On July 8, 2016, in R. v. Jordan, 2016 SCC 27, the Supreme Court of Canada overturned its decision in R. v. Morin,  1 SCR 771. The Court is supposed to be the gatekeeper of the Constitution. However, in R. v. Jordan, it ignored the separation of powers and legislated “ceilings” in establishing whether an accused’s s. 11(b) “right to be tried within a reasonable time” was violated. R. v. Jordan was not a reference case whereby the Supreme Court was asked to determine the constitutional legitimacy of legislated timeframes. Instead, the Supreme Court acted as a legislature and court in adopting ceilings to which a rebuttable presumption of institutional delay will be found. Judicial discretion is often the outcry exclaimed against the government imposition of mandatory minimum sentences, yet this decision of the Supreme Court effectively prevents judges from determining whether s. 11(b) was violated based on the reasoned approach of Morin and effectively imposes a mandatory minimum institutional delay.
In Morin, the Supreme Court determined that when determining whether or not section 11(b) was breached, a court ought to consider four factors: (1) the length of the delay; (2) defence waiver; (3) the reasons for the delay, including the inherent needs of the case, defence delay, Crown delay, institutional delay, and other reasons for delay; and (4) prejudice to the accused’s interest in liberty, security of the person, and fair trial.
The majority, written by Moldaver, Karakatsanis, Brown JJ. (joined also by Abella and Côté JJ.) begin their reasons by asserting that “timely justice is one of the hallmarks of a free and democratic society.” Both the accused and general public have an interest in trials occurring in a timely fashion. The majority then goes on to state that the Canadian justice system has come to tolerate excessive delays and a culture of complacency has developed. It should be noted that Mr. Jordan had experienced a 49.5 month delay.
The majority discussed the overall effects of delay on the criminal justice system and found that the Morin factors resulted in several problems. First, the application is highly unpredictable; second, the treatment of prejudice has become a highly subjective enterprise, leading to inconsistent results; third, the retrospective inquiry causes the parties to analyse the delay and not redress it; and finally, the framework is unduly complex. The majority continued, noting that the increased complexity of pre-trial and trial processes since Morin have further aggravated the delay and tolerance of it.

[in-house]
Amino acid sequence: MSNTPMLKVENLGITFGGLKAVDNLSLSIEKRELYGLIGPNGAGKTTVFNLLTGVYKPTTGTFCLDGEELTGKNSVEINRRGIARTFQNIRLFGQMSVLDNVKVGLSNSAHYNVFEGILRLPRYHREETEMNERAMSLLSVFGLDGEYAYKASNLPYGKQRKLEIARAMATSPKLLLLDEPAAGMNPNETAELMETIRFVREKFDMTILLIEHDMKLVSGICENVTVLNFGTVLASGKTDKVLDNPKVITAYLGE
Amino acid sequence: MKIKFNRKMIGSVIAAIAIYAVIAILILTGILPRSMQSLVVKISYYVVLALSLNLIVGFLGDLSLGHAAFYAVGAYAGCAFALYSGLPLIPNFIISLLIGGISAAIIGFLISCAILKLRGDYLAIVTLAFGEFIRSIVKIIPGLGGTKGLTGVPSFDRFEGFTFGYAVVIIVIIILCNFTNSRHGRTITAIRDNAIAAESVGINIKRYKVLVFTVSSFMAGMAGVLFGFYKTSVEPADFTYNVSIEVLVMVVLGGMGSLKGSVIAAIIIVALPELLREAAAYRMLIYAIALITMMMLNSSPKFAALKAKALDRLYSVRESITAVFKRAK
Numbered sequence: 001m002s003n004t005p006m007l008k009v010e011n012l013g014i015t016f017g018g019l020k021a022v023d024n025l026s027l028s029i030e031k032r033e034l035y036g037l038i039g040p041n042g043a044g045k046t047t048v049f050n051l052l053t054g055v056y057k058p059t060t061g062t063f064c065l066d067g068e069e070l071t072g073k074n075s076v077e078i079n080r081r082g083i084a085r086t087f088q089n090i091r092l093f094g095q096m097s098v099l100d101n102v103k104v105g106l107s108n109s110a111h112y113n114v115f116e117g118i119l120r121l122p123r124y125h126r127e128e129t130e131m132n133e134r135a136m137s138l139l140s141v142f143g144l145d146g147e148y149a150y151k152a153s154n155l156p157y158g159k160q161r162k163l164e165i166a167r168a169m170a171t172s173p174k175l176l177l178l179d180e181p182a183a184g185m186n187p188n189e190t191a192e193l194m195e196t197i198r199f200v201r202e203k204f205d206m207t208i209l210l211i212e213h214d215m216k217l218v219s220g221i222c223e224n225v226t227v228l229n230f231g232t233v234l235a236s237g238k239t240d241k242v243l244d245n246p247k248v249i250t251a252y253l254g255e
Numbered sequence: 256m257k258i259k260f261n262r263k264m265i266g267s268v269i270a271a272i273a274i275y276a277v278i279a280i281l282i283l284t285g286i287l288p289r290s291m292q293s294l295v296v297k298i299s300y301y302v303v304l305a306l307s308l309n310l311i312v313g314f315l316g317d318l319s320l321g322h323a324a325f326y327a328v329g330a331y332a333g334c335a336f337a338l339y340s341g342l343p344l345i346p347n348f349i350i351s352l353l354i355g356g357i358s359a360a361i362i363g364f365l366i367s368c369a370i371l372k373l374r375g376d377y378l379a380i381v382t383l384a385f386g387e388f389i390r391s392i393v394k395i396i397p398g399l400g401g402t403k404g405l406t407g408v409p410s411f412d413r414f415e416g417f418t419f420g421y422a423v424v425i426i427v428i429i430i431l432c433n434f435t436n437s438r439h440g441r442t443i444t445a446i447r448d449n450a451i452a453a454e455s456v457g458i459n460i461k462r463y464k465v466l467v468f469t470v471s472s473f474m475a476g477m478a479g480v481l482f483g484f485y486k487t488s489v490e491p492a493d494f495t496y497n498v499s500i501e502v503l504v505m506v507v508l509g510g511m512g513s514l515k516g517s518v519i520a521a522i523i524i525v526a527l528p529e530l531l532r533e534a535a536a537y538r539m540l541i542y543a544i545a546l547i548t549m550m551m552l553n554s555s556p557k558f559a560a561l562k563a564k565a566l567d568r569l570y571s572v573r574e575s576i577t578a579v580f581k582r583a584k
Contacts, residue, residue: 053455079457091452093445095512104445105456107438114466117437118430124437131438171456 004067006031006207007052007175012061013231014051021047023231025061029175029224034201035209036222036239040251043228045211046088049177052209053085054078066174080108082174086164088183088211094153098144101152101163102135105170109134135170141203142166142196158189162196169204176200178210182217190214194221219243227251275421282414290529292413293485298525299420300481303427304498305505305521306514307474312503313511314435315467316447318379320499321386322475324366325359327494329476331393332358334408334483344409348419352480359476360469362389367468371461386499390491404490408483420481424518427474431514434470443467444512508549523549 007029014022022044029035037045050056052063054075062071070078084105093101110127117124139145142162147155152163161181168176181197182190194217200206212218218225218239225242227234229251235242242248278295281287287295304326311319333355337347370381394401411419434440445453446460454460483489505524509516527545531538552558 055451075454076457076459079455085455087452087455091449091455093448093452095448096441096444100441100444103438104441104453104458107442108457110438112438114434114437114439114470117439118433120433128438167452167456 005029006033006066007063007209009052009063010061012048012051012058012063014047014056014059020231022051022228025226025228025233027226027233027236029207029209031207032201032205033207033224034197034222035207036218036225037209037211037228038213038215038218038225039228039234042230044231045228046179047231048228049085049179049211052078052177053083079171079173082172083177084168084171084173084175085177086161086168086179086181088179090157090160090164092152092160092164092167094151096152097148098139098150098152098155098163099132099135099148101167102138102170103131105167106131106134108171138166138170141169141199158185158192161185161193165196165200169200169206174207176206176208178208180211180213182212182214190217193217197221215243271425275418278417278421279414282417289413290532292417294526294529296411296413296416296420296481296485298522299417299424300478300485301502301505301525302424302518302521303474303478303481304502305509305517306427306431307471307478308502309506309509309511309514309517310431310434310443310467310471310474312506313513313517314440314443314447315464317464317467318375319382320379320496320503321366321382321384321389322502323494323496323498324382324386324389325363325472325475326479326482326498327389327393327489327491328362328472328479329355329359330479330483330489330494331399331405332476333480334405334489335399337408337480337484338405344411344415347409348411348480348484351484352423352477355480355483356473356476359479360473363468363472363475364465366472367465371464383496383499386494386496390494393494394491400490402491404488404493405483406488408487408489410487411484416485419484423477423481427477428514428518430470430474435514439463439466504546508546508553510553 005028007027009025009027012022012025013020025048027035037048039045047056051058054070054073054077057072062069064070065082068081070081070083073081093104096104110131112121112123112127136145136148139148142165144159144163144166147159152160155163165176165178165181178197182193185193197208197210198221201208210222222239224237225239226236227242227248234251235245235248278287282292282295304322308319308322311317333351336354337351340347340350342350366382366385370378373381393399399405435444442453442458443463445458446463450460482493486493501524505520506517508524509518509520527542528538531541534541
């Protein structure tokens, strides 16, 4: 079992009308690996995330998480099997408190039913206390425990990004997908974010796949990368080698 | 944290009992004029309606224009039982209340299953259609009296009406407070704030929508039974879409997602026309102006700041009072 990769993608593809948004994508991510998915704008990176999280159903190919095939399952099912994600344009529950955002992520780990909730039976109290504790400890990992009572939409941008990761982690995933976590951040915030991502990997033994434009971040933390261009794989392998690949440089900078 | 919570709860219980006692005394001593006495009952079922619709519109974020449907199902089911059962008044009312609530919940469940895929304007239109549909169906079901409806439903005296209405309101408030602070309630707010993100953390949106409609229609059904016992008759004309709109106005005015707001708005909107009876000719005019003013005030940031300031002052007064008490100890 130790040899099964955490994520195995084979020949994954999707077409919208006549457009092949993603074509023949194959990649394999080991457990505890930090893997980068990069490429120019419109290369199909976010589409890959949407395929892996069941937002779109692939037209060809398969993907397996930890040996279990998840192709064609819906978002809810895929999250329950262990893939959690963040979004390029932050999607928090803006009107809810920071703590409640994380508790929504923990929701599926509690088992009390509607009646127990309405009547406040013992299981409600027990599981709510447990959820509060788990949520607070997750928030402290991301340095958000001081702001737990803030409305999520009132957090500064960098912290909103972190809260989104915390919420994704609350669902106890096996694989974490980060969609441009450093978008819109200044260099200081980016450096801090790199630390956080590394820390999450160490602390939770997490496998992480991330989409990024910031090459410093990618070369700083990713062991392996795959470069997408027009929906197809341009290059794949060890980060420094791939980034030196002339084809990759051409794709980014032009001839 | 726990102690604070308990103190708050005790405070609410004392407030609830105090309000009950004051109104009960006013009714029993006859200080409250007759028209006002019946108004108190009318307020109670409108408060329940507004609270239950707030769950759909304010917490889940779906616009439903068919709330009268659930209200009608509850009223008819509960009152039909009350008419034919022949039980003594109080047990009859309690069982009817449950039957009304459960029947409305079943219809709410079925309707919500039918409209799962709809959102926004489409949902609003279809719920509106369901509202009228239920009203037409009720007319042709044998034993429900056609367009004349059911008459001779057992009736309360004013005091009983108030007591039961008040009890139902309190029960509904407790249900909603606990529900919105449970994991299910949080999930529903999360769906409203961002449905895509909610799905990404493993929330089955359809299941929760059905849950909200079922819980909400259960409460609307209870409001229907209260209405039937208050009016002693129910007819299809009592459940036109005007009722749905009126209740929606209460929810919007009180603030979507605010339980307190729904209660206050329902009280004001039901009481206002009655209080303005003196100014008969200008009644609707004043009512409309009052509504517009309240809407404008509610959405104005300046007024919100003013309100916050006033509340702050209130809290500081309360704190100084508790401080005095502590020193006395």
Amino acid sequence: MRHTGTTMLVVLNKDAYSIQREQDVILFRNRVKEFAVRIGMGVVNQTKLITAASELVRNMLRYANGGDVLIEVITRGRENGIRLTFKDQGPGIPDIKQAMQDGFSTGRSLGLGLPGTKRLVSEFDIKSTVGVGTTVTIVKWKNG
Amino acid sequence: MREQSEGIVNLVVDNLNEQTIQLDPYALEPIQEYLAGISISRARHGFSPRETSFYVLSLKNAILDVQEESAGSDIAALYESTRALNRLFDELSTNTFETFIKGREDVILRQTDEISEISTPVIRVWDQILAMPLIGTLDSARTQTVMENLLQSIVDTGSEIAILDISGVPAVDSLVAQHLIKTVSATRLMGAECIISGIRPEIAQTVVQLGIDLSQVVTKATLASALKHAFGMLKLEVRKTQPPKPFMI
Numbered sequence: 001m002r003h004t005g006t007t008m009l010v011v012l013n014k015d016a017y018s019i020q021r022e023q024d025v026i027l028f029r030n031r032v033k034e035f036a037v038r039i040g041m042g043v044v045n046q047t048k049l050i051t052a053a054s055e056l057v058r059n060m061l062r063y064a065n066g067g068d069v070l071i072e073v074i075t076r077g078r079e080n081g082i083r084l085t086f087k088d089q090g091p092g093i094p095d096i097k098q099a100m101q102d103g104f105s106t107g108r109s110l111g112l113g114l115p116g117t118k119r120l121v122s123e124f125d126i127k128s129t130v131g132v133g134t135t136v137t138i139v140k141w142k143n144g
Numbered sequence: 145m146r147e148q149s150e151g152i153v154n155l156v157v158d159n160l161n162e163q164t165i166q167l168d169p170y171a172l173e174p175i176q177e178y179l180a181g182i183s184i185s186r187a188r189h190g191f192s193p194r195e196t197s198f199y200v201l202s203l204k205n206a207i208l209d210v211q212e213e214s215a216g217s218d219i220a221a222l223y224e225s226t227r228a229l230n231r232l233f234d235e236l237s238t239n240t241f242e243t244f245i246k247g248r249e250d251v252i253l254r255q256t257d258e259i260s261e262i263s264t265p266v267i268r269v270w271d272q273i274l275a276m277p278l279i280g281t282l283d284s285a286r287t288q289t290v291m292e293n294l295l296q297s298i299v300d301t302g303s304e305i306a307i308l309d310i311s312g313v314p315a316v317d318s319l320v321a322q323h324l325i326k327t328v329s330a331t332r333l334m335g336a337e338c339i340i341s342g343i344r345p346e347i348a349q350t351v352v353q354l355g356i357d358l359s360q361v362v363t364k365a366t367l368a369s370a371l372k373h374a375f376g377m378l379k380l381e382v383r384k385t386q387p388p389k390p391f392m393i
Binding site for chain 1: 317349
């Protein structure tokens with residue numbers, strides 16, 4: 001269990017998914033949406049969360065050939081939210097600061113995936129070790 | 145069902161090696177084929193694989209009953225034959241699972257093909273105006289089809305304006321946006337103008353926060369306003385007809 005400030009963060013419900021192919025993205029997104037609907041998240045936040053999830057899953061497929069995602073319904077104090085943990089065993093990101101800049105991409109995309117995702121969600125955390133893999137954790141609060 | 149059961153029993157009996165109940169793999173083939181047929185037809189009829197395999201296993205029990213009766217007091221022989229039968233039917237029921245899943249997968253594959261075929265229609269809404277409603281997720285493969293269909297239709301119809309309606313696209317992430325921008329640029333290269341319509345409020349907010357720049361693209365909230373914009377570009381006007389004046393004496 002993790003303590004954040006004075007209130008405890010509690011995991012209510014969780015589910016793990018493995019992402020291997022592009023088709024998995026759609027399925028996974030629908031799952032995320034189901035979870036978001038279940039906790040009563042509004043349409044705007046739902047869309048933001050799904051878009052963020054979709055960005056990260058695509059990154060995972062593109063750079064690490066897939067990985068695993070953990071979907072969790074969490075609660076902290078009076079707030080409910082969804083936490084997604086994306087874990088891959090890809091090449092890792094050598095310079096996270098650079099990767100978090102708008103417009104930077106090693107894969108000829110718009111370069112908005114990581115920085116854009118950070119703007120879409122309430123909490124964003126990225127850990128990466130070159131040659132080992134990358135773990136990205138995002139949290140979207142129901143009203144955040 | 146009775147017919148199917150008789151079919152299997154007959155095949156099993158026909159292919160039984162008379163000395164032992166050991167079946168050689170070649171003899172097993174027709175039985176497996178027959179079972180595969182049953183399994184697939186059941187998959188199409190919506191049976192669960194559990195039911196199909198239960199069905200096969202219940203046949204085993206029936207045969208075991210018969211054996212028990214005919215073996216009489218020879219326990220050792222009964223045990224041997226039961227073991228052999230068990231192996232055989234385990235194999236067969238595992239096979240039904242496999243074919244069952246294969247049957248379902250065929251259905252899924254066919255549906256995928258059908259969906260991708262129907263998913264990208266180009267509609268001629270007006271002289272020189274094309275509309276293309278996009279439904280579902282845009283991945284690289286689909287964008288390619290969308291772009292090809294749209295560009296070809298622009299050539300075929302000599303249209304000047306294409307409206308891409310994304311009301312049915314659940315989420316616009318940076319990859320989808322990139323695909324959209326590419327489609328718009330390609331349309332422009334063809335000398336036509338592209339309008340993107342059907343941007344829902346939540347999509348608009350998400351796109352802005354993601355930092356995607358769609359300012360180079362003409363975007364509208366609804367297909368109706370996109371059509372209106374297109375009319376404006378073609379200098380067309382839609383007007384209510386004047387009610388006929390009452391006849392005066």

The majority went on to fashion a new framework for section 11(b) applications. A ceiling, “beyond which delay is presumptively unreasonable” was constructed. The presumptive ceiling was set at 18 months for cases going to trial in provincial court and 30 months for cases going to trial in the superior court. If the delay surpasses the ceiling, it is incumbent upon the Crown to establish the presence of exceptional circumstances. Failing that, the charges will be stayed. If the delay falls below the ceiling, the onus of establishing undue delay falls upon the defence. In establishing the ceilings, the majority considered the guide in Morin (of 8-10 months for provincial court and an additional 6-8 for superior court) and added time to account for other factors that can add to the time it takes to prosecute a case.
Cromwell J., writing for McLachlin C.J. and Wagner and Gascon JJ., concurred in the result but disagreed with the overruling of Morin in favour of the new framework. Cromwell J. disagreed with the prescribed ceilings and asserted that reasonableness cannot be captured by a number. Cromwell J. noted that creating these types of ceilings is a job best left to the legislature. Further, Cromwell J. found that ceilings are not supported by the record or by an analysis of the last decade of s. 11(b) jurisprudence and have not been subject to adversarial debate. Cromwell J. asserted that there was a serious risk that the ceilings may cause thousands of cases to be judicially stayed. Cromwell J. concluded that the ceilings are unlikely to result in the simplicity imagined by the majority and finally stated that setting aside the past three decades of jurisprudence is unnecessary.